Structurally, IT: Chapter Two is something to behold - and you're forced to because the movie three hours long and feels it. Just as the adult Losers are plunged in a cycle of repetition as they remember the awful moments of the summer of 1989 (when none of them watched Batman), the audience is also plunged into a cycle of repetition. IT: Chapter Two takes about a half-hour to check in with each Loser and how they're doing in their adult lives before they reluctantly return to Derry. Then, once they're back in Derry and meet for Chinese food, they split up like an old Justice League comic book and we have to follow each individual Loser as they collect a special magical token and confront their memories of events we didn't see in IT: Chapter One. The young actors who played the Losers, including Sophia Lillis as Beverly Marsh, Jaeden Martell as Bill Denbrough, Jeremy Ray Taylor as Ben Hanscom, Finn Wolfhard as Richie Tozier, Chosen Jacobs as Mike Hanlon, Jack Dylan Grazer as Eddie Kaspbrak, and Wyatt Oleff as Stanley Ulis, return in the flashbacks and while they don't quite blow the adult actors out of the water, the kids still bring more heart and emotion than their grown-up selves can muster, try as they might.

It turns out most of the adult Losers are doing great, at least on the surface: Bill (James McAvoy) is a successful screenwriter, even though everyone hates the endings he writes, including director Peter Bogdonavich. Ben (Jay Ryan) is a rich architect. Richie (Bill Hader) is a successful stand-up comedian, even though he still tells the same foul-mouthed jokes he did when he was 12 and didn't evolve his material to be more sophisticated. Eddie (James Ransone) is a successful NYC business guy of some sort. Stanley (Andy Bean) is also rich and married.  Poor Beverly (Jessica Chastain) is a millionaire fashion designer but she's trapped in an abusive marriage (and she has the scars on her wrists to prove it, which none of the Losers ever mention). Only Mike is living in a ramshackle fashion in the attic above the Derry Library, but he's spent 27 years communing with Native Americans trying to figure out a way to kill IT. Yikes, look how long this review is already just name-checking everyone and trying to get up to speed. I haven't even mentioned the other characters from Chapter One that reappear, like Beverly's sicko dad and Henry Bowers, the psychopathic bully who turned into a psychopathic adult bully/killer/servant of Pennywise. Also, Stephen King lives in Derry and runs the thrift store because of course he does.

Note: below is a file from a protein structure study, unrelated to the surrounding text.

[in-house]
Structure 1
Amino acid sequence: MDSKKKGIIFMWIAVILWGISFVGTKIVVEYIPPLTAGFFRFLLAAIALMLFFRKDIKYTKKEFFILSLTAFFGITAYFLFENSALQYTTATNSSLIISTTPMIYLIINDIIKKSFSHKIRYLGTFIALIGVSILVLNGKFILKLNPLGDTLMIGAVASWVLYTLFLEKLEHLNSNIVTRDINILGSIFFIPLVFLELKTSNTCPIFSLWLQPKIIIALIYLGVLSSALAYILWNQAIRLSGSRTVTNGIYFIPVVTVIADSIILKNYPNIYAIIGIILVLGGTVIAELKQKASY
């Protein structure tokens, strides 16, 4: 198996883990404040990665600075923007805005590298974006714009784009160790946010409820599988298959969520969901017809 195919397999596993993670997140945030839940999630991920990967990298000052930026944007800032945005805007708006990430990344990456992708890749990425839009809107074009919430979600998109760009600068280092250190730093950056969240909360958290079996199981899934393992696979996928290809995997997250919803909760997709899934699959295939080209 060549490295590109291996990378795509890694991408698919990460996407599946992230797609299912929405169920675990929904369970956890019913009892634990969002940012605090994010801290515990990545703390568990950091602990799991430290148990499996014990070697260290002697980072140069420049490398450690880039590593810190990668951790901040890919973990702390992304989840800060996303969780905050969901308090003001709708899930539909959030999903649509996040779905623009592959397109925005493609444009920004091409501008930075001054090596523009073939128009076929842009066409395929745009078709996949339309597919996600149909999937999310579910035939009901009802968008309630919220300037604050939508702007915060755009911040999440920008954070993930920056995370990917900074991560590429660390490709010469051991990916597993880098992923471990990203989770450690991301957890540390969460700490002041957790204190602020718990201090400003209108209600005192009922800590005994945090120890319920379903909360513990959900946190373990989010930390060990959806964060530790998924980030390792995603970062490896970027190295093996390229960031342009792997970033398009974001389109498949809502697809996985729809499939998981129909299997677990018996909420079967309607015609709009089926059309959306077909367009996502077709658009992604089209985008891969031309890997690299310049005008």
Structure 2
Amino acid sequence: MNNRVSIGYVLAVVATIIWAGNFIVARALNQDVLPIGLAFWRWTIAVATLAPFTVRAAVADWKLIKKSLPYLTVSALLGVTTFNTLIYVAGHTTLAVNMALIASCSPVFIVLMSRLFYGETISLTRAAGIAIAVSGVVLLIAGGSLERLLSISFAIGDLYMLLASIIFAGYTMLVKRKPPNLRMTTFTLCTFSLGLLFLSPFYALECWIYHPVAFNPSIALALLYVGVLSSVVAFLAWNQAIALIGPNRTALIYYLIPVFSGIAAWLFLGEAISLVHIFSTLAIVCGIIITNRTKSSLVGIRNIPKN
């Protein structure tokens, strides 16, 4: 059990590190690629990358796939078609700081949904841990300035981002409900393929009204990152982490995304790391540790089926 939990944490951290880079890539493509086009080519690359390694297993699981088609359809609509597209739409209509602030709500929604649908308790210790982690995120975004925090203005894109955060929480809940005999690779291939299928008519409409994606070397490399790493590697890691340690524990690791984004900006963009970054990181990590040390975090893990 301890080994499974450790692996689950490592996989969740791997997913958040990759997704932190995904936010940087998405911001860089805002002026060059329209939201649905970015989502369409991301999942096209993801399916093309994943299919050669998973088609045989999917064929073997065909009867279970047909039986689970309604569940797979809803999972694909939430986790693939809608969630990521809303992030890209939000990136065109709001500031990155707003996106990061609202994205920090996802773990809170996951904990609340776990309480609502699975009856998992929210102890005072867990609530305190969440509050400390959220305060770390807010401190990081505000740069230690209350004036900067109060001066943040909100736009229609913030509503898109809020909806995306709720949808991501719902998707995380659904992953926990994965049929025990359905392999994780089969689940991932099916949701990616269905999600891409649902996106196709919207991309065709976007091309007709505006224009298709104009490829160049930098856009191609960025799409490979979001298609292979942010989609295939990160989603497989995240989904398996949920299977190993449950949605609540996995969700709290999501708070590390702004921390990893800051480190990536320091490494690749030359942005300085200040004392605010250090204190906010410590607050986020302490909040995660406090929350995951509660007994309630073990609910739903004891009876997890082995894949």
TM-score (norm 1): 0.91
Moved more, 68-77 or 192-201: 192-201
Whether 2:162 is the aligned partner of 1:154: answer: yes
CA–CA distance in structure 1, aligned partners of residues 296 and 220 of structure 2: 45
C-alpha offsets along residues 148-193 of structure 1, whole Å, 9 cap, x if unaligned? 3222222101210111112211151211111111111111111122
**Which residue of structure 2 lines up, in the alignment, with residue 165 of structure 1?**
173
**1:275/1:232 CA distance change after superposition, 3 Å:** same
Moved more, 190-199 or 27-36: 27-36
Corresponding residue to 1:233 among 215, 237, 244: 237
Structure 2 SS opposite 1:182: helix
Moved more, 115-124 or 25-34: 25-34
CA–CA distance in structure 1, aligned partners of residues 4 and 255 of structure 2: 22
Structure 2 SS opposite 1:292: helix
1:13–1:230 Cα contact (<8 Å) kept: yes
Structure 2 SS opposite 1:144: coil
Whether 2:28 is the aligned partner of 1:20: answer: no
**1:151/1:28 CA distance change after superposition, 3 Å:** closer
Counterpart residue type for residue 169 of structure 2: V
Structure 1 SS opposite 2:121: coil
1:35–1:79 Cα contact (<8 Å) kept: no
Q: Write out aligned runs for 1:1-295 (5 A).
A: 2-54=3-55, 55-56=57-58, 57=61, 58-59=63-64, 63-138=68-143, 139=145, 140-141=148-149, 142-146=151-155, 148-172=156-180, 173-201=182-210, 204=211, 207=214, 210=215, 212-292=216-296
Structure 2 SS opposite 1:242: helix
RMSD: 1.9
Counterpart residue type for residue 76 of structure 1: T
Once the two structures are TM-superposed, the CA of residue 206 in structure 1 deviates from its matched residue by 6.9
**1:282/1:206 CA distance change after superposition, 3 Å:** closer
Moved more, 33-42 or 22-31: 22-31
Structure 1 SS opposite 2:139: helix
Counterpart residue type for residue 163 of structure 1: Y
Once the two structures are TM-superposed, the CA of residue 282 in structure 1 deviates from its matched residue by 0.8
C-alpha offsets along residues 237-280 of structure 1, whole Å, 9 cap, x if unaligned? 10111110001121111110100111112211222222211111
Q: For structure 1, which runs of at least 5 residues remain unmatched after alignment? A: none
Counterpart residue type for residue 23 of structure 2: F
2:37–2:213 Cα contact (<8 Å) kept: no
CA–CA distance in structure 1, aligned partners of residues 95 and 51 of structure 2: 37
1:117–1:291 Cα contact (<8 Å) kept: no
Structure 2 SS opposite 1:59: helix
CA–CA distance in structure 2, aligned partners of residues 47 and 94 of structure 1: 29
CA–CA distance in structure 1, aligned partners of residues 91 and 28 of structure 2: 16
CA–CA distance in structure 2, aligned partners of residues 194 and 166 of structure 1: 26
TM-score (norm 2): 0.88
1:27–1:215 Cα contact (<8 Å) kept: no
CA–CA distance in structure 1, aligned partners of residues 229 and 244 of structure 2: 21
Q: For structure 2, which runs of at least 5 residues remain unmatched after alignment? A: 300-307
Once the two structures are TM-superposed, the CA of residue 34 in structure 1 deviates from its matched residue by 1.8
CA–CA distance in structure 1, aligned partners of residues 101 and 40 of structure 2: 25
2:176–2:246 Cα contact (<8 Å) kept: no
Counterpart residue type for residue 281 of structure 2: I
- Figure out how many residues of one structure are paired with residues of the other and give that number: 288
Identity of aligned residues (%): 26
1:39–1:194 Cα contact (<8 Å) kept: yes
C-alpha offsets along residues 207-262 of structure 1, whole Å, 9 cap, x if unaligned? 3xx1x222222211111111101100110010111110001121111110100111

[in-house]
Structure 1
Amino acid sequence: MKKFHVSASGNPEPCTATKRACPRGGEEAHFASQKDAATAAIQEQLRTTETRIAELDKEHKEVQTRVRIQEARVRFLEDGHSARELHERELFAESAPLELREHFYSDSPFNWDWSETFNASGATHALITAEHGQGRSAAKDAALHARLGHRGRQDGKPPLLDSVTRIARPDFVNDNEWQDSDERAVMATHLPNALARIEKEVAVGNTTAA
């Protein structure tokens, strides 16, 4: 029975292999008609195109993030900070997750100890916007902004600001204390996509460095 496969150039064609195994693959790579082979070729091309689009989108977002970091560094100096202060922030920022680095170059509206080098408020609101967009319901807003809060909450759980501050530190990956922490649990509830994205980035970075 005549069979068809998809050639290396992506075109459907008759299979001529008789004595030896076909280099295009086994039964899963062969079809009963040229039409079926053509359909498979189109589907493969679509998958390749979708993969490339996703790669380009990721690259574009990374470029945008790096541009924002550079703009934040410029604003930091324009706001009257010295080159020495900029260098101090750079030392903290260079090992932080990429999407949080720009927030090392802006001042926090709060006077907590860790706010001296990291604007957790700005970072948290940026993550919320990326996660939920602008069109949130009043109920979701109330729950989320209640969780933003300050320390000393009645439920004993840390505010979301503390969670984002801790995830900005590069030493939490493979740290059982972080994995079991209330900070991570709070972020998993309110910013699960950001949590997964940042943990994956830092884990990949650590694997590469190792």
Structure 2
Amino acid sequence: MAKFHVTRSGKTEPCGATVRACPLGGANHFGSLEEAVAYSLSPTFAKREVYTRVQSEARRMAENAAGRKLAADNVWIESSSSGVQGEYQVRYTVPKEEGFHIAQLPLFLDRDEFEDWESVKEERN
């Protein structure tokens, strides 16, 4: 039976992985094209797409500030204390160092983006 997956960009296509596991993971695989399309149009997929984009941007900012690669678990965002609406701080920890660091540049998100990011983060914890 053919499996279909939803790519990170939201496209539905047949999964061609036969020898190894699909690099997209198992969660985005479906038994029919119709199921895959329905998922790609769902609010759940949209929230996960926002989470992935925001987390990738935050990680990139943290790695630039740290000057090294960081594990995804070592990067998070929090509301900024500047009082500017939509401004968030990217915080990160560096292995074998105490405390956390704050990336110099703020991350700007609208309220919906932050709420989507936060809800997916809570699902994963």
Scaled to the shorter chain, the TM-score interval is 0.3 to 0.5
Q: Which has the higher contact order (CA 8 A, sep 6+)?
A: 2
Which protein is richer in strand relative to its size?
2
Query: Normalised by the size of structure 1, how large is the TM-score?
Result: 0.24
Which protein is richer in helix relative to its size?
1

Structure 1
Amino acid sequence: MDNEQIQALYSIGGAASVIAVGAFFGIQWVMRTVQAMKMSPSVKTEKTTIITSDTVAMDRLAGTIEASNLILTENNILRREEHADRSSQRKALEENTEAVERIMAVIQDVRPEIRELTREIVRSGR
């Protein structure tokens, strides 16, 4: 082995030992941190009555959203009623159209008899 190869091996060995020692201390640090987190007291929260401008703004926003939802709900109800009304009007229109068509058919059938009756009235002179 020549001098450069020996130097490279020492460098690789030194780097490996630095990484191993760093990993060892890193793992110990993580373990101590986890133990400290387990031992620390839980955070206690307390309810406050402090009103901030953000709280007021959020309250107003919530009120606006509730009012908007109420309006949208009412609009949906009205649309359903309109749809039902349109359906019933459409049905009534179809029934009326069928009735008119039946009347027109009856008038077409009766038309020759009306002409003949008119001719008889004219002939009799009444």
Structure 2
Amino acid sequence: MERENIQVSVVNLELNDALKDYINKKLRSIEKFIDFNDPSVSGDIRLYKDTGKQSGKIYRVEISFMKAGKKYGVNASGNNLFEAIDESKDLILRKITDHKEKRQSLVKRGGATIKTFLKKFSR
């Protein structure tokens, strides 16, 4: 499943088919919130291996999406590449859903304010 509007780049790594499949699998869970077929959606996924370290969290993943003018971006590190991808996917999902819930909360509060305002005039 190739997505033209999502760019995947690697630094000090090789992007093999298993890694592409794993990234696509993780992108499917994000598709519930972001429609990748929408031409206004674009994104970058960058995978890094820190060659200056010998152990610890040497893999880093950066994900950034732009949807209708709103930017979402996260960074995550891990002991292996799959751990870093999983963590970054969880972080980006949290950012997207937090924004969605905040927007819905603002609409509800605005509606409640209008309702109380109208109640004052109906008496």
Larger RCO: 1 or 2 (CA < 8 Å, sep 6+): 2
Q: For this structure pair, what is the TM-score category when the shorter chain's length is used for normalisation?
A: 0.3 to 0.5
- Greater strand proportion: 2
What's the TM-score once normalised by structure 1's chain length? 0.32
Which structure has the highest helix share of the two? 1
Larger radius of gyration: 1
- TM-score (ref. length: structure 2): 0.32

As the Losers get reacquinted with their past lives in Derry, old buried traumas bubble to the surface, always accompanied by Pennywise terrorizing them but never going for the kill for some reason. Bev remembers the postcard she thought Bill sent her but it was really Ben, who loved her from afar and still does. Richie confronts a secret he's long buried (he's gay) that Pennywise taunts him about but no one else discovers and why is it such a big secret in 2016 anyway? (Maybe the reason is this movie contains a sickening amount of literal bashing of gay men.) Bill has to reconcile his guilt where he believes he's the reason that Pennywise killed his little brother back in '89. Eddie has to face that his mom was fat... or something? Poor Stan killed himself rather than return to Derry; he explains this later in a letter that he "took himself off the board" and thereby did the Losers a solid since he's "the weakest one". Meanwhile, Mike has the thankless job of trying to wrangle all of the Losers and explain his half-baked plan to do a ritual to kill Pennywise, using an old Native American thing that has a drawing of six people holding hands (so I guess it's convenient that Stan couldn't make it).